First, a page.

If it was necessary to look for "extenuating circumstances" in favour of Dostoevsky, various factors could be taken into consideration. First, there is the perspective with which we now consider him, and it is necessarily "anachronistic". There is also the historical context of Russia at the time, with the abolition of serfdom and the social crisis that ensued. Then, the inescapable Slavophilism of Dostoevsky is to be taken into account, and still more, his belief that the Russian people, with its Orthodox tradition, is "théophore" (bearer of God), and that there cannot be any other. On the other hand, the writer leans on events or circumstances which, in themselves, involve Russians as much as Jews, if not even more. But dependent on the anti-Jewish common prejudice, he blames "the Israelites" for all kind of troubles. So, as Aucouturier writes in a note: "Dostoevsky (and he was not the only one) attributes here to the 'Jews' what was the fact of numerous middle-class persons, merchants, and kulaks, Jews or not: the repurchase of the lands of nobles ruined by the emancipation of the farmers, or incapable to adapt themselves to it. Between 1861 and 1881, the ownership of nearly 18 million hectares of land changed"(2). As for the impressive ability of the Jewish people to maintain, through thick and thin, its cultural and religious specificity, we see it today as remarkable and as a sign an admirable fidelity. But Dostoevsky, provided with his concepts of political analysis, does not see anything but a "State within a State". Finally, we can say that if the great Fiodor has a sharp tongue against the Jewish people, he is hardly softer towards the major European nations, especially Poland.
But after all, is it necessary to look for excuses and defend the indefensible? We will have to wear the beautiful garment with the spot... However, so much Dostoevsky is detestable when he gets entangled in theories of political nature, as is the case here, so much he seduces and touches us when, leaving the generalizations and ideological extravagances, he dives into the depths of the human heart. There, he finds – in a kind of contradiction of his own opinions – the antidote to his hazy theories or, at least, openness and hope. This is precisely what he does in the chapter immediately following The "Jewish question", entitled The burial of a "citizen of the world". The writer mentions a letter addressed to him by a young Jewish woman, about whom he speaks with great sympathy. She recounts the funeral of an old doctor of German origin. This man, for over half a century, demonstrated extraordinary generosity, especially towards the deprived people and, in particular, to many poor Jews of the town where he exercised. His funeral was the occasion of a real fraternization between Russians and Jews. In this "isolated case ", Dostoevsky sees a paradigm of what can lead to solve what he called The "Jewish question." Here are some lines from the last page of this text: "But say, at this moment, it is almost resolved, the famous 'Jewish question'! The pastor and the rabbi are united in a common love, they almost kissed each other in front of the tomb under the eyes of the Christians and the Jews! No matter if, once back home, each parties return to the old prejudices:drop after drop, the water wears away the stone. And it is such 'citizens of the world’ who overcome the world by uniting it; prejudices will fade a little after each individual case, and eventually vanish altogether. This old man leaves behind him legends, writes Miss L..., Jewish herself, who also wept over the 'good head’ of this friend of men. But the legends are a first step towards action; they are the living memory and the constant reminder of the 'conquerors of the world’ to whom the earth belongs.... "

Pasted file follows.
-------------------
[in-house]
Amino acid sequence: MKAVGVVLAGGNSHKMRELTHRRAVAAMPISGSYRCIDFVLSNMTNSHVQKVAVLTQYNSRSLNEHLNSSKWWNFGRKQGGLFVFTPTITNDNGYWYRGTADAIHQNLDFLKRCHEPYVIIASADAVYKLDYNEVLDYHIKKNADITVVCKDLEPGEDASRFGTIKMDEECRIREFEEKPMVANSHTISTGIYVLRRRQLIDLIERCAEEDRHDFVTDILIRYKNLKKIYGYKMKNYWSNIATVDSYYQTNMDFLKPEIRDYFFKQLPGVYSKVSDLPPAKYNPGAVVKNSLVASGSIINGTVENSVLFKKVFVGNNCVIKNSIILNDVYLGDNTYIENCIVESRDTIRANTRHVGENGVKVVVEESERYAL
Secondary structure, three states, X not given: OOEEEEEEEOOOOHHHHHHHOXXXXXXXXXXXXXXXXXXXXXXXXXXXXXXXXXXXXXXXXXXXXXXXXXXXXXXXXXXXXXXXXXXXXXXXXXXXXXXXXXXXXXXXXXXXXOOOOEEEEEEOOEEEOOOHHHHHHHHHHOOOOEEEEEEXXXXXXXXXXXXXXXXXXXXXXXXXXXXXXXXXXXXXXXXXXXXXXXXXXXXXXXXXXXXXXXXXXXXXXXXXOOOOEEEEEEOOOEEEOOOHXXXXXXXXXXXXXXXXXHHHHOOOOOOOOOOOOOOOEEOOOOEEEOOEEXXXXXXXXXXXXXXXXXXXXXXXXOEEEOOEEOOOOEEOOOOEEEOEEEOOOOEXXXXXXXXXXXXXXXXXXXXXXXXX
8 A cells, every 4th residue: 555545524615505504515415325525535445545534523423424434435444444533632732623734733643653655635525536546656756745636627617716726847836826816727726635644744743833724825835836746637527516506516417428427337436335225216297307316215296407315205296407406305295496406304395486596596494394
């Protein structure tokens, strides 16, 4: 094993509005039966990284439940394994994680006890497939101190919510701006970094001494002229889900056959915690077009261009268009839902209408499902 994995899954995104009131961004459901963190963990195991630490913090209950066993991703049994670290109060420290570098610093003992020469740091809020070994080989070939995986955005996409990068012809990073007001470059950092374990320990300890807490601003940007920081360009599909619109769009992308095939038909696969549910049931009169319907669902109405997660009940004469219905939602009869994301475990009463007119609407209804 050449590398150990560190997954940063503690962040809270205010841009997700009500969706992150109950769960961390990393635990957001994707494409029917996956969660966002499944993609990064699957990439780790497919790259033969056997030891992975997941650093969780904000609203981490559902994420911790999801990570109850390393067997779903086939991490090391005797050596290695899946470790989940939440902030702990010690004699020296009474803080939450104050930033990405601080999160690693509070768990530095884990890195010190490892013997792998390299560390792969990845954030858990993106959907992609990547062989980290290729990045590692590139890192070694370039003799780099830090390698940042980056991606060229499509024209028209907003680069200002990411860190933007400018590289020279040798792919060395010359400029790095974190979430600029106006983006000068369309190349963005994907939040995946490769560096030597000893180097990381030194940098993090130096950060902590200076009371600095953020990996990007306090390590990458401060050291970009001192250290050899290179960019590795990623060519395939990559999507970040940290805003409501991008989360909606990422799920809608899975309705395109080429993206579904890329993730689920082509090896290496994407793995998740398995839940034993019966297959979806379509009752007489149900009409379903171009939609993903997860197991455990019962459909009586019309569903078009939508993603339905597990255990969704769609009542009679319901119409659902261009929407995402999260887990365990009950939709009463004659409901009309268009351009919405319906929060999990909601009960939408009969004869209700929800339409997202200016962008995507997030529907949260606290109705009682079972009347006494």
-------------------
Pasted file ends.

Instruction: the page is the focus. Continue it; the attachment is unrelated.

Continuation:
But read this whole chapter here . It is not very long and it is worth it. You will discover another image of the writer: a Dostoevsky who, beyond its anti-Jewish prejudices, expresses his hope and its faith in the human being.
Fiodor (the other one)
(1) Unfortunately, I could not find any English translation of the text on the web. The French translation can be read free online on Gallica website. The best edition and translation in French is the work of Gustave Aucouturier, collection La Pléiade, Gallimard, 1972. The "Jewish question" is on pages 936-956.
(2) Ibid., p. 1530, note on p. 580.